Botswana

Youth-driven discussion panel seeks ways to end child trafficking in Botswana

UNICEF Image: Zimbabwe, Day of the African child, child trafficking
© UNICEF Botswana/2007
Participants from the children's forum on child trafficking held in the Chobe District of Kasane, Botswana.

By Bashi Letsididi

KASANE, Botswana, 23 July 2007 – Last month, about 25 children from Kasane took part in a forum to discuss the issue of combating child trafficking with their local community leaders. The youth discussion panel, which was organised by UNICEF Botswana, was held in commemoration of this year’s Day of the African Child, of which child trafficking is the main focus.

During the forum, several children recounted how they had been denied the opportunity to get an education because they were being used as cheap labour. Tlogelang Seroka told the heartbreaking tale of a childhood friend who was sent away to herd cattle.

“He is paid with food and has received no education. When we write him letters he cannot read them,” said Seroka. “He tried starting school but was told by the very same people keeping him at the cattle post that he is too old for school.”

'Protect us from child trafficking'

It is believed that girls are at particular risk for being trafficked. Oteng Mogotsi, a pupil at Plateau Primary School, said that trafficked girls face the danger of being used for both labour and sexual exploitation. Early marriages, which are common in the region, were also identified as another problem.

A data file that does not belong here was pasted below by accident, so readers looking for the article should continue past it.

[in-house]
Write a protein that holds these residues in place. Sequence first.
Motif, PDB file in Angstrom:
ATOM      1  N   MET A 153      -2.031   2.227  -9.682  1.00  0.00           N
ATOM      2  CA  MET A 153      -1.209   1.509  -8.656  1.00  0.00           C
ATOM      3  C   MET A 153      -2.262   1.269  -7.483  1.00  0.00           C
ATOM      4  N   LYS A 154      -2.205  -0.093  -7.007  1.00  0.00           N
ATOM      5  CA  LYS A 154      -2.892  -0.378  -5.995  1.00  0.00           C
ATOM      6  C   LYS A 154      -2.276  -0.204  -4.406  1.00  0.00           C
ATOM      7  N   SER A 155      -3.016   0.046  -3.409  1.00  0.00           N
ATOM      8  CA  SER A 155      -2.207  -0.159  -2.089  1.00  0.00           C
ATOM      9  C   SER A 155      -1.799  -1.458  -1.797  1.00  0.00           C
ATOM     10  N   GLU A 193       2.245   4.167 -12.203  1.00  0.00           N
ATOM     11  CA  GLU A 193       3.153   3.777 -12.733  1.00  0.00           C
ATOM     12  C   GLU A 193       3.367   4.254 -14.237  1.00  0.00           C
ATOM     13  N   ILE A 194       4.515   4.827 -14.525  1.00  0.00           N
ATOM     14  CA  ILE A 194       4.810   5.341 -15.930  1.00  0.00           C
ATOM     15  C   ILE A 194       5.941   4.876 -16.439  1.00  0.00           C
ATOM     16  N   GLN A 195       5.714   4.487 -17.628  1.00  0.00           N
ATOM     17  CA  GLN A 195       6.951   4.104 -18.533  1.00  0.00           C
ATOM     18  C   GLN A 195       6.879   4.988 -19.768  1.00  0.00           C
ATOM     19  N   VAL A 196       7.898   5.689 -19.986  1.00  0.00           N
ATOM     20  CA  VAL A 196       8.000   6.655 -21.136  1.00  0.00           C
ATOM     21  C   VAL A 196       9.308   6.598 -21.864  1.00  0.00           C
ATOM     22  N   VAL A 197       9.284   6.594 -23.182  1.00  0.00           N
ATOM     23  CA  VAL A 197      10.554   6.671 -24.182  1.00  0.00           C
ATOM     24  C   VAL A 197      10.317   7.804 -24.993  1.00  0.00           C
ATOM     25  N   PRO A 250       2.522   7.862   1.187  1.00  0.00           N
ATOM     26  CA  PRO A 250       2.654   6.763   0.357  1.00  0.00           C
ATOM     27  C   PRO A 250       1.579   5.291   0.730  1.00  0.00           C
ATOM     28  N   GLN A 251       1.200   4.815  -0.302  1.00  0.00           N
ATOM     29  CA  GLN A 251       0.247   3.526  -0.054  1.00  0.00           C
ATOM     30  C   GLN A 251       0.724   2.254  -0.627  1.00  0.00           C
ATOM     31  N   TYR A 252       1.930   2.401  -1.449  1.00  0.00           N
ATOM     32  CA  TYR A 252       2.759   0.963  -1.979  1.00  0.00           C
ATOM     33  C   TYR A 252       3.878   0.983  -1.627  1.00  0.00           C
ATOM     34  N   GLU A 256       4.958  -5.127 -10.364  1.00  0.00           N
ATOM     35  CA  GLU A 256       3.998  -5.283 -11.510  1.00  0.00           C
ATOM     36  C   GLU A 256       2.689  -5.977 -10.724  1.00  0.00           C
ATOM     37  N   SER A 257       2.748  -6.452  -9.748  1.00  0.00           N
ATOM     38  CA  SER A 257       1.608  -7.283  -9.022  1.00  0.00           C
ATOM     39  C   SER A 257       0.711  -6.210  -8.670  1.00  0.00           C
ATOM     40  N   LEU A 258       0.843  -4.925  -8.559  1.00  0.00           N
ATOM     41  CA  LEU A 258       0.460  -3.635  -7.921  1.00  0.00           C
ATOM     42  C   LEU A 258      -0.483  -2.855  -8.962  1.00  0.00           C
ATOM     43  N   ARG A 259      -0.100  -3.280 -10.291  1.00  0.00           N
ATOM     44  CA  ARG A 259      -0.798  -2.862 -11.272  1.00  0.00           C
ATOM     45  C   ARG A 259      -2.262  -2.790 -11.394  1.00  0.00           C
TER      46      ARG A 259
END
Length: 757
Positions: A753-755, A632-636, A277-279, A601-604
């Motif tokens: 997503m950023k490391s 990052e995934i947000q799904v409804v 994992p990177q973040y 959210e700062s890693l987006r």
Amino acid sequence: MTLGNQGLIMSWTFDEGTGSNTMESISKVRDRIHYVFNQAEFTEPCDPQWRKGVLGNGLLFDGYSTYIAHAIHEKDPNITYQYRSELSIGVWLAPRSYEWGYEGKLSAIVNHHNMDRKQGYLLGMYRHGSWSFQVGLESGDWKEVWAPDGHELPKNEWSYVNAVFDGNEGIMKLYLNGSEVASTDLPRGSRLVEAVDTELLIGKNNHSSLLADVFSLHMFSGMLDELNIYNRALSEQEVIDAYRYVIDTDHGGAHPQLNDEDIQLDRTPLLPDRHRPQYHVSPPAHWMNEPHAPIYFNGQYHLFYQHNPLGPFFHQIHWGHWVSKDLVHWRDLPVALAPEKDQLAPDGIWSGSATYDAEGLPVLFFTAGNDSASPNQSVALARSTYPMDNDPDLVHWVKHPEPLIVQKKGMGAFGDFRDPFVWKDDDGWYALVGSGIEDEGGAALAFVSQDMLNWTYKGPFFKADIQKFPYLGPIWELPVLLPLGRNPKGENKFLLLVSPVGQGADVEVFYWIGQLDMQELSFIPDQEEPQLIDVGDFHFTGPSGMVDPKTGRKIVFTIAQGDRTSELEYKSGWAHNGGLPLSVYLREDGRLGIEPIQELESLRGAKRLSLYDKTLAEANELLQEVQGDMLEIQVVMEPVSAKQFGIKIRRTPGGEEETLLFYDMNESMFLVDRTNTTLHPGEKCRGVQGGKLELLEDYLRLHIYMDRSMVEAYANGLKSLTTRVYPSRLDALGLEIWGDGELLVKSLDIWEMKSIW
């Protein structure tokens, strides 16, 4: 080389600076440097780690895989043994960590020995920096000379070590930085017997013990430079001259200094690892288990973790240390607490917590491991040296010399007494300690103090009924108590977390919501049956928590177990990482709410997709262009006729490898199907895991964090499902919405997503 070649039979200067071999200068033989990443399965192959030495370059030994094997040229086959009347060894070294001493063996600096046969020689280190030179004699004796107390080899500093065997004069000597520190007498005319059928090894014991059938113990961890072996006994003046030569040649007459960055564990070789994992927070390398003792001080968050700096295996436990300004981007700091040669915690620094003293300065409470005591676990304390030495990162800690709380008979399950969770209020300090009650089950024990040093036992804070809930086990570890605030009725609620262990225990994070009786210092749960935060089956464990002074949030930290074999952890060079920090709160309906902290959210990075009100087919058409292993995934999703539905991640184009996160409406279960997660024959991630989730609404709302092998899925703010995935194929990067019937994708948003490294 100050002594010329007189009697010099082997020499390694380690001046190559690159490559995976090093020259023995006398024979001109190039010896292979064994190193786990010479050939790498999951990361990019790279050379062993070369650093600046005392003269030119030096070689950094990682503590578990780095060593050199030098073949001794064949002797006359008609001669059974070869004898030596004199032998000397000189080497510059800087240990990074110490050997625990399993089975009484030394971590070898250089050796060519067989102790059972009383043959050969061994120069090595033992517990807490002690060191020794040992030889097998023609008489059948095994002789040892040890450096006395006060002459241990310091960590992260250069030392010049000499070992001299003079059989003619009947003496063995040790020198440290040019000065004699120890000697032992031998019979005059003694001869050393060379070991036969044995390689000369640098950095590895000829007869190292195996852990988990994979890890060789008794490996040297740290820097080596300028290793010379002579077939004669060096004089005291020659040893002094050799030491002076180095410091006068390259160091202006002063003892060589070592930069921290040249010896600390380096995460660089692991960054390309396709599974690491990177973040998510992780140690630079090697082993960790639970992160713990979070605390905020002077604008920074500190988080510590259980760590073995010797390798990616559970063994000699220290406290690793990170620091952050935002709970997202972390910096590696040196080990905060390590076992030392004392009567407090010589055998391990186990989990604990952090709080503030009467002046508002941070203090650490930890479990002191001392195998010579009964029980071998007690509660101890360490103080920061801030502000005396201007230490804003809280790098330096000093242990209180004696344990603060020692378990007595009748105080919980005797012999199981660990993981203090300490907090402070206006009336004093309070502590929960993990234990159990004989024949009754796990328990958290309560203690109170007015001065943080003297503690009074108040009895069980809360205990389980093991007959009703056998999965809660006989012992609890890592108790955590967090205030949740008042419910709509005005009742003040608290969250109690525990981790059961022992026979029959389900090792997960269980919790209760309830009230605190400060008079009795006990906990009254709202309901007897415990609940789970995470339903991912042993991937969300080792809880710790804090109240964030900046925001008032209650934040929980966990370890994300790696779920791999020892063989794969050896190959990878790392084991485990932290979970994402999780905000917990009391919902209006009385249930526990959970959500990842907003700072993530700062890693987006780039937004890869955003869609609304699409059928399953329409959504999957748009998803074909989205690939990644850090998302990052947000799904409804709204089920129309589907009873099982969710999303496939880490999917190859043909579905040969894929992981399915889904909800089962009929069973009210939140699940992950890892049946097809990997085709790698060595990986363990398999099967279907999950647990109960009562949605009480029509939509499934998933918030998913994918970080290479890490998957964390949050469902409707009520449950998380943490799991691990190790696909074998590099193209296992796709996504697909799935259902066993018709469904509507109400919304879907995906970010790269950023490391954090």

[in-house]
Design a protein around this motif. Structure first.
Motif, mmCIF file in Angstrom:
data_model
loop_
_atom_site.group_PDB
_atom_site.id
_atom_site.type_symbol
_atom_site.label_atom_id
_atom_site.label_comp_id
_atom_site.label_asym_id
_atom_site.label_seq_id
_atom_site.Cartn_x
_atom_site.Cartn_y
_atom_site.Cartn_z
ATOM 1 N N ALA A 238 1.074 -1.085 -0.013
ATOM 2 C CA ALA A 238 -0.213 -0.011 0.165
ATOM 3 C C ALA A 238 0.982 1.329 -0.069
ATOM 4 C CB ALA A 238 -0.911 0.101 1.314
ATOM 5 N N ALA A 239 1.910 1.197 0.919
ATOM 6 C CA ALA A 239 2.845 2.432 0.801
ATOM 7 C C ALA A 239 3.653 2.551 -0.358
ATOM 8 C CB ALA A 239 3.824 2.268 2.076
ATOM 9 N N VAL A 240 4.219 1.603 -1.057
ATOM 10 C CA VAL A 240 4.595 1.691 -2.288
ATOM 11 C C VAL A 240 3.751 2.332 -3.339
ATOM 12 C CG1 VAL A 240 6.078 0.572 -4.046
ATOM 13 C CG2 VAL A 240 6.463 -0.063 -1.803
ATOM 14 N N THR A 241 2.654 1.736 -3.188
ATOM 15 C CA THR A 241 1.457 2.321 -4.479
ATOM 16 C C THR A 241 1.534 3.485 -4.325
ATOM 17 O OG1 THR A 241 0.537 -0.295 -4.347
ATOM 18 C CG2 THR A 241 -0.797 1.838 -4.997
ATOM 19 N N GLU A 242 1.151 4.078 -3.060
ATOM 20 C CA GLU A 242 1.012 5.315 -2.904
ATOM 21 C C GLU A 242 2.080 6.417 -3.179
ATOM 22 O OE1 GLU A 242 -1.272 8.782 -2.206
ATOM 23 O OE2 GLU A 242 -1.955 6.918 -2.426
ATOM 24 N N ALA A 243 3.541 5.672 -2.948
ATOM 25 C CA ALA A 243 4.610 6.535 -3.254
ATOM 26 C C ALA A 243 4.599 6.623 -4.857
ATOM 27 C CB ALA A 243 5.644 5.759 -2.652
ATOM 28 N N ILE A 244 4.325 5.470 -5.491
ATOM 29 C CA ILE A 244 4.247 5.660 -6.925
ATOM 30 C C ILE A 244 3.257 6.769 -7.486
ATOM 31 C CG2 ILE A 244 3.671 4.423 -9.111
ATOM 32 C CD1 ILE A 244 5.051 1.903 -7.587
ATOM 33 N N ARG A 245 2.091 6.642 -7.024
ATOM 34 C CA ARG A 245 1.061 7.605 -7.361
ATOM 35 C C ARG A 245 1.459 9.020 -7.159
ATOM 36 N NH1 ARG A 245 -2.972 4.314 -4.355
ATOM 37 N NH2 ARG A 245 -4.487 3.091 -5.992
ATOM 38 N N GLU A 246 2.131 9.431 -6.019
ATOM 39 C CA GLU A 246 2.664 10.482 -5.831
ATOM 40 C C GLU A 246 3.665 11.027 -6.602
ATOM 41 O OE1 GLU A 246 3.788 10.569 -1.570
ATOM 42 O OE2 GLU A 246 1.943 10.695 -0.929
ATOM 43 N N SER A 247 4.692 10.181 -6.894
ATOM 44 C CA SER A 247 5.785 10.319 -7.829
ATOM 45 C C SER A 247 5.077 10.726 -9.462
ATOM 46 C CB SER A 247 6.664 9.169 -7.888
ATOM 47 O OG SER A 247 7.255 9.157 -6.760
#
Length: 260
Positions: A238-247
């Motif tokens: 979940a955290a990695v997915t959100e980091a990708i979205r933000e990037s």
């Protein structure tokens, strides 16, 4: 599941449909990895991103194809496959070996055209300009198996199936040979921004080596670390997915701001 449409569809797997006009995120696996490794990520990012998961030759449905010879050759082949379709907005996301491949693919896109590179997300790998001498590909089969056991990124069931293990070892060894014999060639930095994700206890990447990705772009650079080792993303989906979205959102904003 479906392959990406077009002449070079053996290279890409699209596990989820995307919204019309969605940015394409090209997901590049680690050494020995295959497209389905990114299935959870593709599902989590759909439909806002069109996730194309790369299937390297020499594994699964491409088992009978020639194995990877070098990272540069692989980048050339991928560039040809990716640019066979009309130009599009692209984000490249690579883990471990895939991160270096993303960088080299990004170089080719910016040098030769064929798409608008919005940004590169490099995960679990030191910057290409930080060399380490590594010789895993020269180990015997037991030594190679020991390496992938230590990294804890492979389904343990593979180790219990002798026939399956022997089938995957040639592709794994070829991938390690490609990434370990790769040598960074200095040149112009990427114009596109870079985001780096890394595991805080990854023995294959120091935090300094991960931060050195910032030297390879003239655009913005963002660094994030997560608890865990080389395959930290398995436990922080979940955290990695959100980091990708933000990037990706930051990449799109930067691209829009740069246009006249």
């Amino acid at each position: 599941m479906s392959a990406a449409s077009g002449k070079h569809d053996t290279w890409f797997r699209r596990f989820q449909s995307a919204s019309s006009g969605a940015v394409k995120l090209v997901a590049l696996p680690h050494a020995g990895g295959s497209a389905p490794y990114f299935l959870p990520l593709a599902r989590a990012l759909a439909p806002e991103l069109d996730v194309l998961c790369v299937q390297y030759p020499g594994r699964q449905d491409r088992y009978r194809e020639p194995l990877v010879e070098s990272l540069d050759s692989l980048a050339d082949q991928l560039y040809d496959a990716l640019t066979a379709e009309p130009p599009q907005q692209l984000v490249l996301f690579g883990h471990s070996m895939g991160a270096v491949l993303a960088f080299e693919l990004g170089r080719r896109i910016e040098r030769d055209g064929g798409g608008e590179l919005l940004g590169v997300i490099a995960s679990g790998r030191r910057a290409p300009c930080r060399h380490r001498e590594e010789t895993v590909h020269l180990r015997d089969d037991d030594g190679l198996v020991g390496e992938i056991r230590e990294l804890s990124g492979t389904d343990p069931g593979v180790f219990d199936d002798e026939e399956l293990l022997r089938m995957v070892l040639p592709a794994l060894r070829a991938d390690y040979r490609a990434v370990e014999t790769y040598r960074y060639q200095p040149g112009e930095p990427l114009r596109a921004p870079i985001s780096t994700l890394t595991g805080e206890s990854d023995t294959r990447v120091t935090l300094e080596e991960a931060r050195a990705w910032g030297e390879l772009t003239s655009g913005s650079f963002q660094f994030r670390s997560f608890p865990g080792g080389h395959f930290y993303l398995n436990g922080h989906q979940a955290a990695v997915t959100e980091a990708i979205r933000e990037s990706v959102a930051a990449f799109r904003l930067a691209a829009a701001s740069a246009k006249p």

“Protect us from child trafficking because it puts us at risk of contracting HIV/AIDS,” pleaded 16-year-old Sharon Phillips.

UNICEF Image: Zimbabwe, Day of the African child, child trafficking
© UNICEF Botswana/2007
Children from the forum were asked to relate their views on the 2007 Day of the African Child theme, combatting child trafficking.

Identifying the root cause

The students were asked what they believe are the causes of child trafficking. At least two groups were identified as culprits, including businesspeople and parents or guardians who do not value education. The youths agreed that parents who have no education themselves would be more inclined to send their children away.

Thabo Tuelo from the Kasane Youth Centre said it is common for children as young as 14-years-old to be withdrawn from school by their parents and sent to work on farms. One boy recalled how his grandmother used to send him away to look after cattle. In return, his grandmother would be paid with a pail of milk.

Student Phomolo Baipidi suggested that the President of Botswana should stress the value of education by using himself as an example and imploring parents to give their children an opportunity to attend school.

Two similar children’s forums were later held in the villages of Gantsi and Serowe in order to open a dialogue between children and their local leaders. Helping communities understand why every child deserves an education is an important step in putting an end to child trafficking.


 

 

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